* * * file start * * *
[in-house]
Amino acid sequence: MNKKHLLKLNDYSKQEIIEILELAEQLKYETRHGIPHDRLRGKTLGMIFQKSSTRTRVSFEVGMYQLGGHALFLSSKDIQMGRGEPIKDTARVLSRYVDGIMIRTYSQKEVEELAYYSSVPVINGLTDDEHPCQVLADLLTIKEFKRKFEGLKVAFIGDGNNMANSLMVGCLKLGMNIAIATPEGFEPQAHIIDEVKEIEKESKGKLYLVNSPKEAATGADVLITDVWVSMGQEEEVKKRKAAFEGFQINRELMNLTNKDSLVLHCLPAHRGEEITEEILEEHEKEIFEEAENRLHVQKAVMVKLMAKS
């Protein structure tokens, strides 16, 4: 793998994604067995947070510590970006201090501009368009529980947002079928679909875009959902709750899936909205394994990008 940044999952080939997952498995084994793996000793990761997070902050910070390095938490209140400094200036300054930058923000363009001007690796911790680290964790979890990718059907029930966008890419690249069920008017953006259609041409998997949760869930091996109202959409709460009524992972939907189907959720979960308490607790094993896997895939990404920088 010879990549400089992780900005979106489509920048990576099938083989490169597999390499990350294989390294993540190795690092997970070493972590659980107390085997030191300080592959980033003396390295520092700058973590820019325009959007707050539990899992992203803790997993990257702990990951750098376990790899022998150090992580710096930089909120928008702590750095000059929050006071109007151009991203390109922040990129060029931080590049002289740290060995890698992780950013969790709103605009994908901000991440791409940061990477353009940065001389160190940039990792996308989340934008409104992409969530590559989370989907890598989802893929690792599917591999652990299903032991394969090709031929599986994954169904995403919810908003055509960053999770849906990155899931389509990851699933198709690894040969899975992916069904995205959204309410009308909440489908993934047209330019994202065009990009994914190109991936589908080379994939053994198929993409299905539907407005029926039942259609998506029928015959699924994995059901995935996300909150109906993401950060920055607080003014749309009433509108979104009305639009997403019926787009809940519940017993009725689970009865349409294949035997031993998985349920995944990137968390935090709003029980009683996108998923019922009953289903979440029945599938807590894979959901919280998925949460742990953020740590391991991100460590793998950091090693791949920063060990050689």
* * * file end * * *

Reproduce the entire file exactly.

[in-house]
Amino acid sequence: MNKKHLLKLNDYSKQEIIEILELAEQLKYETRHGIPHDRLRGKTLGMIFQKSSTRTRVSFEVGMYQLGGHALFLSSKDIQMGRGEPIKDTARVLSRYVDGIMIRTYSQKEVEELAYYSSVPVINGLTDDEHPCQVLADLLTIKEFKRKFEGLKVAFIGDGNNMANSLMVGCLKLGMNIAIATPEGFEPQAHIIDEVKEIEKESKGKLYLVNSPKEAATGADVLITDVWVSMGQEEEVKKRKAAFEGFQINRELMNLTNKDSLVLHCLPAHRGEEITEEILEEHEKEIFEEAENRLHVQKAVMVKLMAKS
């Protein structure tokens, strides 16, 4: 793998994604067995947070510590970006201090501009368009529980947002079928679909875009959902709750899936909205394994990008 940044999952080939997952498995084994793996000793990761997070902050910070390095938490209140400094200036300054930058923000363009001007690796911790680290964790979890990718059907029930966008890419690249069920008017953006259609041409998997949760869930091996109202959409709460009524992972939907189907959720979960308490607790094993896997895939990404920088 010879990549400089992780900005979106489509920048990576099938083989490169597999390499990350294989390294993540190795690092997970070493972590659980107390085997030191300080592959980033003396390295520092700058973590820019325009959007707050539990899992992203803790997993990257702990990951750098376990790899022998150090992580710096930089909120928008702590750095000059929050006071109007151009991203390109922040990129060029931080590049002289740290060995890698992780950013969790709103605009994908901000991440791409940061990477353009940065001389160190940039990792996308989340934008409104992409969530590559989370989907890598989802893929690792599917591999652990299903032991394969090709031929599986994954169904995403919810908003055509960053999770849906990155899931389509990851699933198709690894040969899975992916069904995205959204309410009308909440489908993934047209330019994202065009990009994914190109991936589908080379994939053994198929993409299905539907407005029926039942259609998506029928015959699924994995059901995935996300909150109906993401950060920055607080003014749309009433509108979104009305639009997403019926787009809940519940017993009725689970009865349409294949035997031993998985349920995944990137968390935090709003029980009683996108998923019922009953289903979440029945599938807590894979959901919280998925949460742990953020740590391991991100460590793998950091090693791949920063060990050689």